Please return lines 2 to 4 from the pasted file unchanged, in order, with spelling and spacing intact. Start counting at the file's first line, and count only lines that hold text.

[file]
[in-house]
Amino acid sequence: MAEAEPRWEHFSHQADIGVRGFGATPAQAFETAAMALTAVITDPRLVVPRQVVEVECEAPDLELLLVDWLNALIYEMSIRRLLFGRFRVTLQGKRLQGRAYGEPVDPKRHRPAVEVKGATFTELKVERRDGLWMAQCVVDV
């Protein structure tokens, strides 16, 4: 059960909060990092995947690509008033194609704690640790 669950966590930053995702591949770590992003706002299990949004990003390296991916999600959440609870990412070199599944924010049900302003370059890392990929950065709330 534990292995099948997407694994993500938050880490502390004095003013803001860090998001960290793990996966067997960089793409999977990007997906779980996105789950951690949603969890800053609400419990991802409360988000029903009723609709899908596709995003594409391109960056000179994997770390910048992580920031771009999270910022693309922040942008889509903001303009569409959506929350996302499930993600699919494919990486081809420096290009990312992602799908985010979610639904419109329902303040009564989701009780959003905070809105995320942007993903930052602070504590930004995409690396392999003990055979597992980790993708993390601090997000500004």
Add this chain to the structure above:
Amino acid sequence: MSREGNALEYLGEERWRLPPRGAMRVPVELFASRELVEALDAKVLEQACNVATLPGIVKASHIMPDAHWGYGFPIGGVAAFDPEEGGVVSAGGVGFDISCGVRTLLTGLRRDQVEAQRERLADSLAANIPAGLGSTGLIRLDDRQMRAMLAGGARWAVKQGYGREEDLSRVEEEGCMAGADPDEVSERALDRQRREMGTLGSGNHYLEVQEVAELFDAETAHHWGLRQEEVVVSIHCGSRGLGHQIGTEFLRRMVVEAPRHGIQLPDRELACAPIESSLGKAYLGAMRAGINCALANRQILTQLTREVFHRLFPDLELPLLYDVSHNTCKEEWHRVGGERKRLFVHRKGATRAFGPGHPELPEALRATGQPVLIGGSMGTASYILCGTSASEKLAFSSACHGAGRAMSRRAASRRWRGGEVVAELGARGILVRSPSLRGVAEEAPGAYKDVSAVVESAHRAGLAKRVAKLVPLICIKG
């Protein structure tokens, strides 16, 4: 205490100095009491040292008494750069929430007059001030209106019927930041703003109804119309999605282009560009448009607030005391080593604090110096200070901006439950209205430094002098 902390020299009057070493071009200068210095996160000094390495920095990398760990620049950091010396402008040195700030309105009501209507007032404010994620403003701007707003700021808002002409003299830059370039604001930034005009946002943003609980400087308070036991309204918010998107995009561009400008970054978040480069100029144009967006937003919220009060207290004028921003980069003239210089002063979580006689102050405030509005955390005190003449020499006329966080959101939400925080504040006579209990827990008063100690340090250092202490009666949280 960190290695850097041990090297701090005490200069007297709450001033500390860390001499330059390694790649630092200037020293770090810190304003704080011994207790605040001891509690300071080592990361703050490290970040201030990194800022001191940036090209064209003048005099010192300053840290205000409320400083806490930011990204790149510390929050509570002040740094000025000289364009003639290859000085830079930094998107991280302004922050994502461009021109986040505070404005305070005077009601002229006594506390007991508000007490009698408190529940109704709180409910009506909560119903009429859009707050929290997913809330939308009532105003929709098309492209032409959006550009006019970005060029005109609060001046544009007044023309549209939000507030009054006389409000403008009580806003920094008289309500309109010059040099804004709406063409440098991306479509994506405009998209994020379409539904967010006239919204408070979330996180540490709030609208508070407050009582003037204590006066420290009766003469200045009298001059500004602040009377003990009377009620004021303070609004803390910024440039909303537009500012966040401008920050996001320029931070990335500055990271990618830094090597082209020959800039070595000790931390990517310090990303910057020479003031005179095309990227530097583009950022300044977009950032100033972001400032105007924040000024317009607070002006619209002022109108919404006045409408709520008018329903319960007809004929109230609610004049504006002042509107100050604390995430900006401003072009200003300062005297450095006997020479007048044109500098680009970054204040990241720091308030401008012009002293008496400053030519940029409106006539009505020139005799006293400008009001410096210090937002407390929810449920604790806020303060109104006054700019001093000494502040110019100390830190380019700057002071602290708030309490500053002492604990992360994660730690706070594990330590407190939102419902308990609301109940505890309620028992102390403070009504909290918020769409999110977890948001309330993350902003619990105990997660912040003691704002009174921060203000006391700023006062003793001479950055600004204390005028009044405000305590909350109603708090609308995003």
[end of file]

Amino acid sequence: MAEAEPRWEHFSHQADIGVRGFGATPAQAFETAAMALTAVITDPRLVVPRQVVEVECEAPDLELLLVDWLNALIYEMSIRRLLFGRFRVTLQGKRLQGRAYGEPVDPKRHRPAVEVKGATFTELKVERRDGLWMAQCVVDV
């Protein structure tokens, strides 16, 4: 059960909060990092995947690509008033194609704690640790 669950966590930053995702591949770590992003706002299990949004990003390296991916999600959440609870990412070199599944924010049900302003370059890392990929950065709330 534990292995099948997407694994993500938050880490502390004095003013803001860090998001960290793990996966067997960089793409999977990007997906779980996105789950951690949603969890800053609400419990991802409360988000029903009723609709899908596709995003594409391109960056000179994997770390910048992580920031771009999270910022693309922040942008889509903001303009569409959506929350996302499930993600699919494919990486081809420096290009990312992602799908985010979610639904419109329902303040009564989701009780959003905070809105995320942007993903930052602070504590930004995409690396392999003990055979597992980790993708993390601090997000500004």
Add this chain to the structure above: